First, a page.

“We’re putting the trade war on hold!”
By David Nelson, CFA
“We’re putting the trade war on hold.” The statement from Secretary of Treasury Steve Mnuchin over the weekend sent futures up sharply late Sunday. Markets seem to be rejoicing that tensions between the U.S. and China have eased and the prospect of tariffs on both sides has been diminished. Of course, the devil is in the details and a statement that broad demands context and clarification.
The U.S. was gearing up to launch as much as $150 Billion in tariffs on Chinese imports. Reports from both sides seem to indicate there would be an attempt to dramatically reduce the trade deficit with China agreeing to purchase significantly more U.S. goods. As a world leader in Agriculture and now Energy these two sectors of our economy seem poised to gain significantly from any agreement.
However, details are lacking and last week’s rumor that the Chinese were ready to close the gap by $200 billion seems just that, a rumor. Never the less, any progress at all is a hopeful sign and certainly light years ahead anything accomplished in the last 3 administrations.
Don’t trade away our future
While it appears there have been some concessions and we’re still early in the process, details relating to any progress on intellectual property and China’s role in the outright theft are lacking. As I said on Fox Business show Making Money hosted by Charles Payne late last week, intellectual property is the “whole enchilada” and a principal part of China’s 2025 Plan to bolster hi-tech industries at home. Why develop it internally when you can just steal it?
For decades China has forced U.S. corporations to partner with local firms to gain access to Chinese consumers. The forced handover of intellectual property became business as usual. President Xi counts on our fear of disrupting the status quo. It’s a strategy that’s worked successfully for decades. He understands U.S. lawmakers think in terms of an election cycle while they play the long game making plans for decades at a time. He understands he can out wait his American counterparts. Effectively his term never ends and will be in power for life.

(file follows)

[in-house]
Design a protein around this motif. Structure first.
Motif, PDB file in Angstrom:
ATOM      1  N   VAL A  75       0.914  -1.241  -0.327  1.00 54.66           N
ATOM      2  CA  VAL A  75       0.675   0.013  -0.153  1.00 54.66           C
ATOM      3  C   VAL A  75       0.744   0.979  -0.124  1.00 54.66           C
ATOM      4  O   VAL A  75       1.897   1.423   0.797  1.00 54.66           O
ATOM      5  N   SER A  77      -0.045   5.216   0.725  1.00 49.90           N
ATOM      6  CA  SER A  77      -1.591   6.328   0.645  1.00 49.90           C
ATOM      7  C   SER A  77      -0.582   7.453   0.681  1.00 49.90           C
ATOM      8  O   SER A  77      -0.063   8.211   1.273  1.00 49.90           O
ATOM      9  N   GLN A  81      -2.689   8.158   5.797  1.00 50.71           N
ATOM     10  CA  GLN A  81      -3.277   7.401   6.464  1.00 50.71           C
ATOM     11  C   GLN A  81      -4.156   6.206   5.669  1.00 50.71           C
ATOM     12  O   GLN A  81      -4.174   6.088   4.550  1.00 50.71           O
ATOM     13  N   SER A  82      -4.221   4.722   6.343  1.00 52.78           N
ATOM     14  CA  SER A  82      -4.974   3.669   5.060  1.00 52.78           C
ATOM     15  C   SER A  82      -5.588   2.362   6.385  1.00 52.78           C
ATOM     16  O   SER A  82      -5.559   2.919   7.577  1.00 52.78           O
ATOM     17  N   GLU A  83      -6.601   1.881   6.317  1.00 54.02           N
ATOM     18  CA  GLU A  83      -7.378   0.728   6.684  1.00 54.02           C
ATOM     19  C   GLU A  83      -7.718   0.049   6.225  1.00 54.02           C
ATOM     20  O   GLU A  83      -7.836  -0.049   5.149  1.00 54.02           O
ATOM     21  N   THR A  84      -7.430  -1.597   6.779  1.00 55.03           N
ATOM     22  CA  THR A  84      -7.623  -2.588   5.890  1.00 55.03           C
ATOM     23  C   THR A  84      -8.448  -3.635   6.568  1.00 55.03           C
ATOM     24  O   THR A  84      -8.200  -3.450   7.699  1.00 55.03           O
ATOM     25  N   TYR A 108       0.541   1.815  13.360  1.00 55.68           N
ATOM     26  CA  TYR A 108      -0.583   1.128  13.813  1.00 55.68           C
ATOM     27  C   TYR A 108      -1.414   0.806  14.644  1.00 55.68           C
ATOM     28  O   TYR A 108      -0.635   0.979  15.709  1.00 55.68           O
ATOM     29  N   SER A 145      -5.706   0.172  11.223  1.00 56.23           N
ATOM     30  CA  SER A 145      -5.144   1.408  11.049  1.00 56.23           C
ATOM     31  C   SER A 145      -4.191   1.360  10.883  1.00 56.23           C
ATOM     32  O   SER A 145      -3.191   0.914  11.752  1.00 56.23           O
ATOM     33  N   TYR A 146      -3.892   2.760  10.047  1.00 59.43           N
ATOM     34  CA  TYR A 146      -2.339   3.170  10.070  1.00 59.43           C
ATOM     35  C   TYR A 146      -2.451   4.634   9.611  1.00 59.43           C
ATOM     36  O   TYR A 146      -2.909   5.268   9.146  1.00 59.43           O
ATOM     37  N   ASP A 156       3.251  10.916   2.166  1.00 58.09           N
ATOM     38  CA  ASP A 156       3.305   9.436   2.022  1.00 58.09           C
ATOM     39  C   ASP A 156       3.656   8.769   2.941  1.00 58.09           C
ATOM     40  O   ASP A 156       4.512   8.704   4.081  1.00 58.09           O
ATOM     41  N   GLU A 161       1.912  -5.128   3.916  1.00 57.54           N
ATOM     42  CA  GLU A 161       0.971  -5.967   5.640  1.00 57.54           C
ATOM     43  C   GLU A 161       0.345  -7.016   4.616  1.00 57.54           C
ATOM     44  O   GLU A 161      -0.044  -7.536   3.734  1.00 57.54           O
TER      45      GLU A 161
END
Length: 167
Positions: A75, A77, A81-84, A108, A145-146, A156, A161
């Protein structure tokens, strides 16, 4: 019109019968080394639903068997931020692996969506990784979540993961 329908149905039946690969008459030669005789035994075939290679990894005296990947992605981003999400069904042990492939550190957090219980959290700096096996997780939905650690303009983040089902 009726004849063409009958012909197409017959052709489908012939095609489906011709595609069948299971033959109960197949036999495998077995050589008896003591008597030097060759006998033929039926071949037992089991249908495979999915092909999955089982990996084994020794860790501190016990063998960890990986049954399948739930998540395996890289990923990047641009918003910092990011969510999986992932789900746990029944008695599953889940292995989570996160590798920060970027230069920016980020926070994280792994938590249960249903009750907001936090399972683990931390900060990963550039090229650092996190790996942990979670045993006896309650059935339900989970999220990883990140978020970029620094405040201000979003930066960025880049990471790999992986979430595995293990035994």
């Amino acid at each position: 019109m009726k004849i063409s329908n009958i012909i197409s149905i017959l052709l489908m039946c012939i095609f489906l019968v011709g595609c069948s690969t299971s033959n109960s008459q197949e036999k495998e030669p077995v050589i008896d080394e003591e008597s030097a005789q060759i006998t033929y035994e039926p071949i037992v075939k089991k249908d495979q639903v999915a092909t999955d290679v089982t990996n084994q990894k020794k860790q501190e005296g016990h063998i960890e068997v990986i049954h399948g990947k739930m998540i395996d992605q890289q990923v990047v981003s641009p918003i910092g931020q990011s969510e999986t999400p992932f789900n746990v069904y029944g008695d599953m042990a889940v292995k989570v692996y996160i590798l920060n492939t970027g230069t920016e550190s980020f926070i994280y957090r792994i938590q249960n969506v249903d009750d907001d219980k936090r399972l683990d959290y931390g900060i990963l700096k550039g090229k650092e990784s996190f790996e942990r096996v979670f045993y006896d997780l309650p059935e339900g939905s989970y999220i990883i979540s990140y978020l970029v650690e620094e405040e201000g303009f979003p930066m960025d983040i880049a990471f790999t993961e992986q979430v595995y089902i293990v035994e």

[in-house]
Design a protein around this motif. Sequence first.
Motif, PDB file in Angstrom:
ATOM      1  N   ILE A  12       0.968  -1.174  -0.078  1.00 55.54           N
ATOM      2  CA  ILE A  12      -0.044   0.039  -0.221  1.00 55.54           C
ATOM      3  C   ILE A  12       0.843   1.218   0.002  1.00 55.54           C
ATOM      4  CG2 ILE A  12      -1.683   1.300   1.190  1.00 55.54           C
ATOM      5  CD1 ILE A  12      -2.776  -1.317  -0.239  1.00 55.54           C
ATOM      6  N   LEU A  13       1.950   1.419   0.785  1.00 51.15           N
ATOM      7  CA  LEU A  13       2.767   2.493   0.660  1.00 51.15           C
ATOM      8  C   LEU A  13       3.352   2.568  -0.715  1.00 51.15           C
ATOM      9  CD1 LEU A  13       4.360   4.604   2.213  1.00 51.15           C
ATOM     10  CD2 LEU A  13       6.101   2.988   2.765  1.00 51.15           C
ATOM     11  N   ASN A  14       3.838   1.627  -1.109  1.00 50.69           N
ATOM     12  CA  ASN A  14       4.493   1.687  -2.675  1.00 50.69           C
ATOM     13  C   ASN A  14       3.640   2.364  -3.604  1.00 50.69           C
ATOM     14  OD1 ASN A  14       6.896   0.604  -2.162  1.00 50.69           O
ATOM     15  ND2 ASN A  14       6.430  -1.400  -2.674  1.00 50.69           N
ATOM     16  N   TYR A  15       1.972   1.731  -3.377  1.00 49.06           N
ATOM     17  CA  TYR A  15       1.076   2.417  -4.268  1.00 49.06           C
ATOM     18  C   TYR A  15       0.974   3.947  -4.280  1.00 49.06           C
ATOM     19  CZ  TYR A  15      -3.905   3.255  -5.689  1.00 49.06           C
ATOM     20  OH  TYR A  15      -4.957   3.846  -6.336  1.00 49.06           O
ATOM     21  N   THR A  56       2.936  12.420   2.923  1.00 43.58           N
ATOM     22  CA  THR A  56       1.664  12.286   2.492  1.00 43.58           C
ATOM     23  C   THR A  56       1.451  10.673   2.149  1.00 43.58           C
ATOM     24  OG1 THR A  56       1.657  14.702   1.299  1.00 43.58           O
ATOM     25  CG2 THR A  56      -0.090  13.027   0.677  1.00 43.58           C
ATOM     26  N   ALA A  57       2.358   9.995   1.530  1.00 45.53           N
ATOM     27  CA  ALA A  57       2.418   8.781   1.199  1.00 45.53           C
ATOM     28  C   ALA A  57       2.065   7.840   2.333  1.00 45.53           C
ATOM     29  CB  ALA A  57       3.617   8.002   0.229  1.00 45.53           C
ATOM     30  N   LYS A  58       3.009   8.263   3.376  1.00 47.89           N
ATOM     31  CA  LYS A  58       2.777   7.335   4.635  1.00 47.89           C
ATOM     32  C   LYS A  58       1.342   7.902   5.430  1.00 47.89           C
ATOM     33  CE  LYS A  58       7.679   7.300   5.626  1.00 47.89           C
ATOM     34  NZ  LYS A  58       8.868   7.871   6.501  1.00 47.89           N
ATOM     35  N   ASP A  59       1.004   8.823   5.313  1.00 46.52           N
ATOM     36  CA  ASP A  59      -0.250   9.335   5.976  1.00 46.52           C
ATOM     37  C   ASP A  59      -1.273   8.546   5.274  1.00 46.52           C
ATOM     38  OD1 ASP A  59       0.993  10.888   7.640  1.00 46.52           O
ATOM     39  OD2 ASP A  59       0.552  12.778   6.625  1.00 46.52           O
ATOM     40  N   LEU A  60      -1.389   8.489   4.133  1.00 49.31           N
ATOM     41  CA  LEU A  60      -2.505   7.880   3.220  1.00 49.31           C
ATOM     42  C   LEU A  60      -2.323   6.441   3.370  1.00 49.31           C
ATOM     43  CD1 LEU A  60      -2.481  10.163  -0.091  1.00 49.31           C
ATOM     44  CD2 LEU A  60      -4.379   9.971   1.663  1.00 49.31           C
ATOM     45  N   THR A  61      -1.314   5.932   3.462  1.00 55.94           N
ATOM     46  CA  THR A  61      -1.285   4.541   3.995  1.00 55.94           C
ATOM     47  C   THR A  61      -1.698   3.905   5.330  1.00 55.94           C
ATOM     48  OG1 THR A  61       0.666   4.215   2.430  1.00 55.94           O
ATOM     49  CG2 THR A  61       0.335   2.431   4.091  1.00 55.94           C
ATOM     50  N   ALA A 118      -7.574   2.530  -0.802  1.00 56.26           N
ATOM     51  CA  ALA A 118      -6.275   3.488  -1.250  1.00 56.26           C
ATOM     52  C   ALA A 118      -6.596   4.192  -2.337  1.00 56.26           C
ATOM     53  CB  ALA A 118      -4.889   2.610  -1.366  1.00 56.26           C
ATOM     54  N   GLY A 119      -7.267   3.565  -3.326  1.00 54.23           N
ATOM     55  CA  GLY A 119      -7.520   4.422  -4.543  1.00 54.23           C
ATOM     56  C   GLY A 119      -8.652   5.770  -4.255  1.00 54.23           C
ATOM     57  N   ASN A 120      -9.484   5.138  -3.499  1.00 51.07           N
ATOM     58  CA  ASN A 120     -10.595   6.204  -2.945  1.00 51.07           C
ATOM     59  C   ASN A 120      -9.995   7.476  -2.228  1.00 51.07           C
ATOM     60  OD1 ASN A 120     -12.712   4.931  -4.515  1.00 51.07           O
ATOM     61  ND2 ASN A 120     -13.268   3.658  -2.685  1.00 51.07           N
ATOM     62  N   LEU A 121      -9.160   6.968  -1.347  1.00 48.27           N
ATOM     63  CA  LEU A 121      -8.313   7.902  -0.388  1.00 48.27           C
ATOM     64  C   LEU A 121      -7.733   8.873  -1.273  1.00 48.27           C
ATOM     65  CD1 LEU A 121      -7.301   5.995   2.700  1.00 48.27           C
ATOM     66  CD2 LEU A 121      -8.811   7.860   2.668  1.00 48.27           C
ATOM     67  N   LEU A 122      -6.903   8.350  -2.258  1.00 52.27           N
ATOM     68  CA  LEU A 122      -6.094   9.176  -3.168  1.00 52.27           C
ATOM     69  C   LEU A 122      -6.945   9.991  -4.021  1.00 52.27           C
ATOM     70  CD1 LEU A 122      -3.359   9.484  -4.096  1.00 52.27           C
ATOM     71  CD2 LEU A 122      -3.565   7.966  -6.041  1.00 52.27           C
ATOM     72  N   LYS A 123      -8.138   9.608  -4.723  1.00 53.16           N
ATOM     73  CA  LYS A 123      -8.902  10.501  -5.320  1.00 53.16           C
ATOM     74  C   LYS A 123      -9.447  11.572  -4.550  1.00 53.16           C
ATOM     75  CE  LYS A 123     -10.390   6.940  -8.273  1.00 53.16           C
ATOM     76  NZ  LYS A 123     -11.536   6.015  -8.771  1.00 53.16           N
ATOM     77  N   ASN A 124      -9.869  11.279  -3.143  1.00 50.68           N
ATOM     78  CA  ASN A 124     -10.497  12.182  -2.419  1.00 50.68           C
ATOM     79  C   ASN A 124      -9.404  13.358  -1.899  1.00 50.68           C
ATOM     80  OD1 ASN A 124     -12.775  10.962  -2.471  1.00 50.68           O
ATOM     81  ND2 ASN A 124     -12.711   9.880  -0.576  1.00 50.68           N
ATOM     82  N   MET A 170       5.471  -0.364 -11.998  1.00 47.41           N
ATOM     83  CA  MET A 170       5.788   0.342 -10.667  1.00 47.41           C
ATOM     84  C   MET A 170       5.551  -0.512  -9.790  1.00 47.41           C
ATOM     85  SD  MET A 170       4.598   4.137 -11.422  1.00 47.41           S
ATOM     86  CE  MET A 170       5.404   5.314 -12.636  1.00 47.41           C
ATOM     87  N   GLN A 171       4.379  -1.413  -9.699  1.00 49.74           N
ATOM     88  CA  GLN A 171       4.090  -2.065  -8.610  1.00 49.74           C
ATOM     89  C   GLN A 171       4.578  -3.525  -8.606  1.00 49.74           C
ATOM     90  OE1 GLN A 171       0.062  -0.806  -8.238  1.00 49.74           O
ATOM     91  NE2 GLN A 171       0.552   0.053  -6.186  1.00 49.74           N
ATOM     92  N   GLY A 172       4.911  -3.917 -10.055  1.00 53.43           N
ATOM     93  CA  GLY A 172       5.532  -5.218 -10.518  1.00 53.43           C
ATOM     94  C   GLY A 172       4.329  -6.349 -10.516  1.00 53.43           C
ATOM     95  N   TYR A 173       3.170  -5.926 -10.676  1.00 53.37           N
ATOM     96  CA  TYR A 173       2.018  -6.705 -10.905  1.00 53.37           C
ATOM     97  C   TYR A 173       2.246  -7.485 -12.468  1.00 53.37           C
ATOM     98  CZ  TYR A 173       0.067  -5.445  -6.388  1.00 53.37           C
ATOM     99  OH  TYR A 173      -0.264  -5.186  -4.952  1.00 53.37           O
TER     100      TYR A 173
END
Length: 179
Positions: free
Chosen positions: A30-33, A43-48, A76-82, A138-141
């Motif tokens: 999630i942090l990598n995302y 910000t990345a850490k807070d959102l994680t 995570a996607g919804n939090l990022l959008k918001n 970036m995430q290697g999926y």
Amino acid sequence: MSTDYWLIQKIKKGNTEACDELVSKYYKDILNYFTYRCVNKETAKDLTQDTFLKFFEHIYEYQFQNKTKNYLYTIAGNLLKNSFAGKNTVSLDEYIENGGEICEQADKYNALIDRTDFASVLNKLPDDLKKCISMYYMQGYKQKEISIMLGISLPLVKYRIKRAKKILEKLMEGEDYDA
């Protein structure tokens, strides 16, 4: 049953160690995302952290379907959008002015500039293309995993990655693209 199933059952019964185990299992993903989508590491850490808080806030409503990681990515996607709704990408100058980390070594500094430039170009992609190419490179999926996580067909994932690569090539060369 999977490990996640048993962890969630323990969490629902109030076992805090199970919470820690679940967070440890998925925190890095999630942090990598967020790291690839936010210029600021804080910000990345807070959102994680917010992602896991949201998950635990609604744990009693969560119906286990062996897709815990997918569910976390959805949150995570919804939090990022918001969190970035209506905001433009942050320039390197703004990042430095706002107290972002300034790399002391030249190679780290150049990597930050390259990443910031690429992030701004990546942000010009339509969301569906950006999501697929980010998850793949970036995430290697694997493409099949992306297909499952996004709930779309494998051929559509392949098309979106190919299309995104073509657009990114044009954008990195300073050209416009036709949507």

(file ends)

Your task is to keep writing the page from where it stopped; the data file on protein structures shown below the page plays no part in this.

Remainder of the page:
I fully expect China to drag their feet when it comes to IP protection. It’s important for U.S. negotiators not to drop the ball and trade away our future in return for exports of soybeans and oil. It will look worse than the sale of Manhattan to Dutch settlers for $24 in trinkets and beads back in 1626.
ZTE and why it is so important
This brings us to the ZTE case and why it is so important. ZTE is of course one of China’s largest manufacturers of telecommunications equipment. The U.S. blockade where U.S. companies could no longer sell to ZTE brought the telecommunications giant to its knees. Some data suggests as much as 60% of the electronics in a ZTE phone come from U.S. based companies. ZTE became a target largely because they ignored sanctions against Iran. In addition, some intelligence officials suggest Chinese ZTE cellphones pose a national security risk.
It’s one thing to look the other way regarding the failure to abide by sanctions on Iran but if your own intelligence apparatus is signaling the equipment is a national security breach, then it’s an imperative these concerns are addressed.
In recent testimony and facing a confirmation vote to head the National Counterintelligence and Security Centers Bill Evanina said in response to a question asked by Senator Marco Rubio, that U.S. intelligence agencies are on record in assessing that Chinese telecommunication firms are used as a vehicle by the Chinese government to conduct espionage.
It doesn’t get any simpler than that.